Last week, the State Supreme Court affirmed a $12.75 million verdict (including $2,422,006 for future care and $10 million in noneconomic damages) against the City of Seattle in favor of former Seattle firefighter, Mark Jones, who was injured when he fell 15 feet down the “pole hole” in a fire station at 3 a.m. on December 23, 2000. The case captured media attention when the press reported that post-trial surveillance videos showed Jones engaging in physical activities (e.g., playing horseshoes) the City alleged were inconsistent with his testimony at trial. The trial court refused to grant a new trial. The Court of Appeals affirmed in an unpublished opinion. The City petitioned the Washington Supreme Court for review based on the surveillance video and the new evidence that Jones was an alcoholic and that his drinking interfered with his recovery.
The new evidence included three witnesses whose testimony about Jones’s drinking was excluded by the trial court: Jones’s father and physical therapist, Jones’s sister, and a private investigator, who observed Jones in a bar the day before trial. None of these three witnesses was timely disclosed, perhaps because the City changed legal teams three times. It was the City’s third (and last) legal team that attempted to pursue the alcohol theory at trial.
The Supreme Court agreed with the City that the trial court erred in excluding these witnesses without properly conducting the inquiry required by Burnet v. Spokane Ambulance, 131 Wn.2d 484 (1997). Under Burnet, when considering witness exclusion as a sanction for discovery violation, the trial court must state (1) whether it considered a lesser sanction, (2) whether untimely disclosure was willful, and (3) whether the untimely disclosure caused substantial prejudice. Applying harmless error analysis, the Court concluded that the error was harmless because much of the excluded testimony was irrelevant, unfairly prejudicial or cumulative.
The Court also affirmed the trial court’s refusal to vacate the judgment based on the post-trial surveillance video. Because several witnesses testified at trial that Jones engaged in a variety of physical activities at least as rigorous as those in the video, the Court reasoned, the images on the surveillance video were not the smoking gun the City claimed they were. Refusal to vacate the judgment based on the “ambiguous” surveillance video was not abuse of discretion.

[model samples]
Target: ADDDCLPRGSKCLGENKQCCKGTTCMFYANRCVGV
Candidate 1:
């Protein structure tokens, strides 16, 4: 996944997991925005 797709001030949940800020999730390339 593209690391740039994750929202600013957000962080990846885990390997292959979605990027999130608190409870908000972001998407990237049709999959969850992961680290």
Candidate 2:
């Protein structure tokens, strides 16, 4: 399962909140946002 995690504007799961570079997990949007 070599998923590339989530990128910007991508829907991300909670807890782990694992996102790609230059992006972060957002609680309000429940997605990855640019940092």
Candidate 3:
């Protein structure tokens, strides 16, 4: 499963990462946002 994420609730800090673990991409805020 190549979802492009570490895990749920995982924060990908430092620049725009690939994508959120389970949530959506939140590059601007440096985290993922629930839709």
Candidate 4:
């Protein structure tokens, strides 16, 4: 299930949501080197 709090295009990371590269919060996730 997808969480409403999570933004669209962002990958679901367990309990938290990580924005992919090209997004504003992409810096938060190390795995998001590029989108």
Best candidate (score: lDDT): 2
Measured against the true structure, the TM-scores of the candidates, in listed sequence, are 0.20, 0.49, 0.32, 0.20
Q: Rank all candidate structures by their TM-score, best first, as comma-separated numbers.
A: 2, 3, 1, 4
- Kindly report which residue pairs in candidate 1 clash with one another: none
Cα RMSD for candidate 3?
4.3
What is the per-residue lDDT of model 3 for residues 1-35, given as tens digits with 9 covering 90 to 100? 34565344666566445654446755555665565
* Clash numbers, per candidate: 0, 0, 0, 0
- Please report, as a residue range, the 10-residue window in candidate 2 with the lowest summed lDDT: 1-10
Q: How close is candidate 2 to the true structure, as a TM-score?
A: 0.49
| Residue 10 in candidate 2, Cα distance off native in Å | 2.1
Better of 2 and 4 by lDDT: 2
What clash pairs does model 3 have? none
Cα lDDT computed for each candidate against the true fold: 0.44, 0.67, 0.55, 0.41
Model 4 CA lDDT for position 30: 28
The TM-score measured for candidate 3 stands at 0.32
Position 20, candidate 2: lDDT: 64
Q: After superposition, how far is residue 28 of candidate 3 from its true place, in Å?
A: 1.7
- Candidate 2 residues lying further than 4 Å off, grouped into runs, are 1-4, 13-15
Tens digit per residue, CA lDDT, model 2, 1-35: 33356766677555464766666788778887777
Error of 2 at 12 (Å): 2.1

In a concurrence, Justice James Johnson blamed the City for “lack of diligence” in conducting discovery and doing a “grave disservice” to its taxpayers. “It is conceivable that if the excluded testimony and evidence had been timely disclosed and therefore admitted into evidence, the jury would have awarded a lower and more appropriate verdict,” he noted.
In a concurrence joined by Justices Owens, Fairhurst, and James Johnson, Justice González argued that trial courts must have broad latitude to handle discovery violations after trial commences and that “the majority treads too heavily on the trial court’s authority to restore order and conduct a fair trial.” He further posited that the Burnet presumption that new witnesses should generally be permitted to testify should not apply after the trial begins.
The lesson of the case is that the protections offered by Burnet to parties who seek to offer at trial new evidence that was not previously disclosed in discovery are getting weaker. While the Court reiterated that the trial court must properly perform the Burnet three-part analysis, the trial court’s misapplication of Burnet may be excused as harmless error. Four of the justices also believe that Burnet’s presumption that favors admitting new evidence does not apply after trial begins.